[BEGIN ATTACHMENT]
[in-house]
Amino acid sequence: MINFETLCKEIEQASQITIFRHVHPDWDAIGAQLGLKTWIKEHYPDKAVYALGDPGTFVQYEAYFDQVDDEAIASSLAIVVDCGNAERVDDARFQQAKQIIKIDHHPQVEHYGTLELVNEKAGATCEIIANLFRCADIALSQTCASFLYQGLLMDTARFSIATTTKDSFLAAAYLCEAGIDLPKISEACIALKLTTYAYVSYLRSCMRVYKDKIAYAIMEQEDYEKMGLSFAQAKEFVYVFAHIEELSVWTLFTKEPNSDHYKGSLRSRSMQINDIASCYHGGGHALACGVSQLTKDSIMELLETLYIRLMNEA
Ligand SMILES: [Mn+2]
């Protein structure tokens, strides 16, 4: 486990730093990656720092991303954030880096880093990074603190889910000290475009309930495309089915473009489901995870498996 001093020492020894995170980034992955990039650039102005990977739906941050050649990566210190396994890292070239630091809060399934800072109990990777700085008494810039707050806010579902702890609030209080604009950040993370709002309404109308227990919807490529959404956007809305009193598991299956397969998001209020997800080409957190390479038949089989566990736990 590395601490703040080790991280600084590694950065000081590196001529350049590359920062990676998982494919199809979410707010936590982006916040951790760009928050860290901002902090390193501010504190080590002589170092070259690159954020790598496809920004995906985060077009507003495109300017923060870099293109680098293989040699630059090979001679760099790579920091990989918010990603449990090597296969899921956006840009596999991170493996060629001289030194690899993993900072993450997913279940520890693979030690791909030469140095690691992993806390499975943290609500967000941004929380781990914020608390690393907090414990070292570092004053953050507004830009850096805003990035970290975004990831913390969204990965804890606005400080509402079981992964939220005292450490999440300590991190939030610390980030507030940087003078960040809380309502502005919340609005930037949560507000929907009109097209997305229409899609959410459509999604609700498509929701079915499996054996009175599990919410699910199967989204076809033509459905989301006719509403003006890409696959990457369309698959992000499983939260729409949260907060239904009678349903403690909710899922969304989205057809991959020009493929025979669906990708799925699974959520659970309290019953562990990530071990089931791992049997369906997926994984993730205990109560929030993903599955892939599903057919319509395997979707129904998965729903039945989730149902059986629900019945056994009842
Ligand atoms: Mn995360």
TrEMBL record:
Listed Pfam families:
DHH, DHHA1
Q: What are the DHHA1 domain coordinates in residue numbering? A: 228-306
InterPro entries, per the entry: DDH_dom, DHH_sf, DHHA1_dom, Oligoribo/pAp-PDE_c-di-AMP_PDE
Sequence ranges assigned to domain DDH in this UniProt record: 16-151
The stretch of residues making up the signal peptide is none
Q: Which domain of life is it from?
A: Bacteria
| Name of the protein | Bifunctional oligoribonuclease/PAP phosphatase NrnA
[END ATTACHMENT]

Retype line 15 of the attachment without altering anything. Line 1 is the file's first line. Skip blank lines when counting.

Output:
| Name of the protein | Bifunctional oligoribonuclease/PAP phosphatase NrnA